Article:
There aren’t too many physicians who have worked on the academic research side and the drug development side. That’s what makes Fernanda Arnaldez, MD, such a unique addition to Osteosarcoma Institute’s Strategy Advisory Board.
A natural leader, Dr. Arnaldez, executive global product leader for AstraZeneca, has spent more than 20 years on rare disease research. It is work that she finds equally challenging and gratifying.
“My passion lies in improving outcomes for those affected by cancer and contributing to new and better therapies,” says Dr. Arnaldez, who leads several teams in pediatric oncology research and development — all the way from preclinical to proof of concept.
Previously, Dr. Arnaldez was the investigator in the Investigational Drug Branch – Cancer Therapy Evaluation Program of the Division of Cancer Treatment and Diagnosis at the National Cancer Institute (NCI), and an associate research physician in the Pediatric Oncology Branch of the NCI. She specializes in rare solid malignancies in children and adolescents and previously acted as the Director of the NIH Pediatric and Wild-Type Gastrointestinal Stromal Tumor (GIST) Clinic.
In 2021, Dr. Arnaldez joined OSI’s Strategy Advisory Board, a role she undertook with profound gratitude and responsibility.
“I joined because I felt my values were represented in OSI’s mission,” she says. “This is a group of people that have the same passion, the same vision as I do. We all have seen — whether professionally or personally — children die of osteosarcoma, and that has to change.”
Addressing inherent challenges
Rare diseases have struggled with drug development for many different reasons. Funding is a big challenge, however, Dr. Arnaldez admits it is not the only one.
“Funding helps a lot, but there are other things like logistics and access, as well as the difficulty of evaluating the mechanisms of disease, that make osteosarcoma and other rare diseases really hard,” she says. “Difficult things require a lot of collaboration. That is one of the things I like about the OSI — it’s akin to building bridges and trying to fill in the gaps. We need to synergize to make it happen. And I am optimistic.”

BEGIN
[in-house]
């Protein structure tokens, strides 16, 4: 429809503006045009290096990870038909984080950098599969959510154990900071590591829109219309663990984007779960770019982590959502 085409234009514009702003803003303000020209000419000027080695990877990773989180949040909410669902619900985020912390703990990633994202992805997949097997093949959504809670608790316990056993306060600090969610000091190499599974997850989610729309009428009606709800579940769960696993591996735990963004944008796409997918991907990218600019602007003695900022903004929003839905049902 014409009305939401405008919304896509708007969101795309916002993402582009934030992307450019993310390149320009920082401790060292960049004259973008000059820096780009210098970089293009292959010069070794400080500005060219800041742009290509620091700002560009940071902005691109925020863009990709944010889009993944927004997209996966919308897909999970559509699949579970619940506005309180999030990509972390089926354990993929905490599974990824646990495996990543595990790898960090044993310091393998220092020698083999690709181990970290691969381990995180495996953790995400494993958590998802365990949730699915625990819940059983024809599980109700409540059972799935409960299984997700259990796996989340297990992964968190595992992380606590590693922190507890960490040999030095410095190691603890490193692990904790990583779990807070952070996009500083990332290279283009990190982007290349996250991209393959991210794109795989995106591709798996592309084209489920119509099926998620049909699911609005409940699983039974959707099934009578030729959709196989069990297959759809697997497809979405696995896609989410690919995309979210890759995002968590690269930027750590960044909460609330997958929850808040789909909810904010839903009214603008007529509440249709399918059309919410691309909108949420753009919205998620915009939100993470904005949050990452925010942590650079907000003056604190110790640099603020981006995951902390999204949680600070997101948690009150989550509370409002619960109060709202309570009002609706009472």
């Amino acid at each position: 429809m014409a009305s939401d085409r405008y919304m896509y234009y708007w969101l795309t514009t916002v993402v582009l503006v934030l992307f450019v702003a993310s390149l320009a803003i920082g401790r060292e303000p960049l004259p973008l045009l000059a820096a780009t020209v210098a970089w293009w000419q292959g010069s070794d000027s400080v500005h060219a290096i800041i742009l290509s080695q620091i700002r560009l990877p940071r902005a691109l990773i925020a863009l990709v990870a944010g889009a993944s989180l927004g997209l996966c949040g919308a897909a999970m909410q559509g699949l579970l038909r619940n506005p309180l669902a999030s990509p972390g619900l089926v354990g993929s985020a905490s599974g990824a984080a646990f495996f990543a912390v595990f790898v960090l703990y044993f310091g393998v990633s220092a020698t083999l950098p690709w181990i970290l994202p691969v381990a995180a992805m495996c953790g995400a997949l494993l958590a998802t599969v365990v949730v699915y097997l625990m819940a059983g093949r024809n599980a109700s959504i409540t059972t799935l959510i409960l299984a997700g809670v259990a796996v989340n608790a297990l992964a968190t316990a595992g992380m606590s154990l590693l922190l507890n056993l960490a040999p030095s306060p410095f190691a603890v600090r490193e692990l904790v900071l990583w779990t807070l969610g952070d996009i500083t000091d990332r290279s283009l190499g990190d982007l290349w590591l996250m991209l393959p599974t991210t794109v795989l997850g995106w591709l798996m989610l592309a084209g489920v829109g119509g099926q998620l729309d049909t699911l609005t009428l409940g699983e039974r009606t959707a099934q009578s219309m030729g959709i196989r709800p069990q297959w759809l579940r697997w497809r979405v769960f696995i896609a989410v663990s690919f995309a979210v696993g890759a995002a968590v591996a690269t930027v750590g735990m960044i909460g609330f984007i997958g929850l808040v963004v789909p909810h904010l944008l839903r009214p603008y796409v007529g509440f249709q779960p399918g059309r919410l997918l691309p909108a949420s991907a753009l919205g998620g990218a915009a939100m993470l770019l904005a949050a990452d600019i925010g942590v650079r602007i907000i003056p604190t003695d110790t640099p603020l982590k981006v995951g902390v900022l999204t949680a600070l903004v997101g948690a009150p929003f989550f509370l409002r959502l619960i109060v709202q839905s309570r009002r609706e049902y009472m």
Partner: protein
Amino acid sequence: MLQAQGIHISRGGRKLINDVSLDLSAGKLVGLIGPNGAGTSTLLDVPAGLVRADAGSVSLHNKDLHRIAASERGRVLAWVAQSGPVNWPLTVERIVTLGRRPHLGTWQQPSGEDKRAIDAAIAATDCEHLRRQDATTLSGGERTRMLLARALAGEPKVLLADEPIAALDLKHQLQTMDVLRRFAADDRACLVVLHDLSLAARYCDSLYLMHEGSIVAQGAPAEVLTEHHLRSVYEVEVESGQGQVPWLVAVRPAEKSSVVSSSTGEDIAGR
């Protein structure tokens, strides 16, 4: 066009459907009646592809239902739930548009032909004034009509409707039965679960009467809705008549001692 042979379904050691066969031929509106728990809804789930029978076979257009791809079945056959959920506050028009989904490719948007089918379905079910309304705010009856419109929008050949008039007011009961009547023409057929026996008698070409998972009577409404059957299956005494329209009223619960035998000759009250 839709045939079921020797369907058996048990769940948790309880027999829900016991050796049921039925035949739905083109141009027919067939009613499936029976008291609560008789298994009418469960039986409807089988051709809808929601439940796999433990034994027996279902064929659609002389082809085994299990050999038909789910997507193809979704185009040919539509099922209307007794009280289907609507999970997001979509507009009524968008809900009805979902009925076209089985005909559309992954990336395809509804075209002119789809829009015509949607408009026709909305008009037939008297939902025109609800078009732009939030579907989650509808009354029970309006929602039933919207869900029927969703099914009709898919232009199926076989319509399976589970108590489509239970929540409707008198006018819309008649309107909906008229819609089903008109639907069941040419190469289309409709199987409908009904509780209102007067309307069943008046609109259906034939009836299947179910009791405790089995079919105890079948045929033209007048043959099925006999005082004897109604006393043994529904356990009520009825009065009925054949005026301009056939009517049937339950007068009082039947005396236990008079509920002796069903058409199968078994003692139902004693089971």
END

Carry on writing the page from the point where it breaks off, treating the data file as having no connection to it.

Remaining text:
Her optimism lies in how technology has evolved over the years, especially in the ability to analyze and read mass quantities of data. Dr. Arnaldez is a firm believer in the application of advancements like artificial intelligence that can be used for pattern recognition and digital pathology as well as expanding biomarkers and how they are used to diagnose osteosarcoma.
“The more you learn about the mechanisms of disease,” she says, “the better off you are to implement prevention or therapeutics or symptomatic management.”
Belief in the mission
Dr. Arnaldez decided to become a pediatrician after realizing the deep relationship that families establish with the doctors caring for their youngest.
“Further along in my career, I was privileged to witness the incredible resilience that families affected by pediatric cancer possess,” she says. “I was determined to contribute to improving outcomes for those affected by cancer and bring to the clinic innovative therapies, and to be able to have a meaningful impact in their lives.”
Bringing a different perspective
As a board member, Dr. Arnaldez brings her acute sense of decision-making and proficiency for things like logistics and strategy. Thanks to her hybrid career in academia and pharmaceuticals, she is able to provide guidance on whether a clinical trial or project should be pursued.
In addition to this collaboration, Dr. Arnaldez also lends her expertise to OSI’s grant cycle review process.
“OSI’s grant program is incredible because they are willing to take high, calculated risks for high rewards,” she says. “When you get these grants that do just that, it’s amazing.”
“It’s a privilege to have the opportunity to interact with all these brilliant and inspiring people who are so close to my heart and whom I hold in such high esteem,” she continues. “OSI has a very clear vision and, not surprisingly, the bar is very high — nothing less than the cure [for osteosarcoma] is going to cut it. And I buy into that. It’s contagious and inspiring.”
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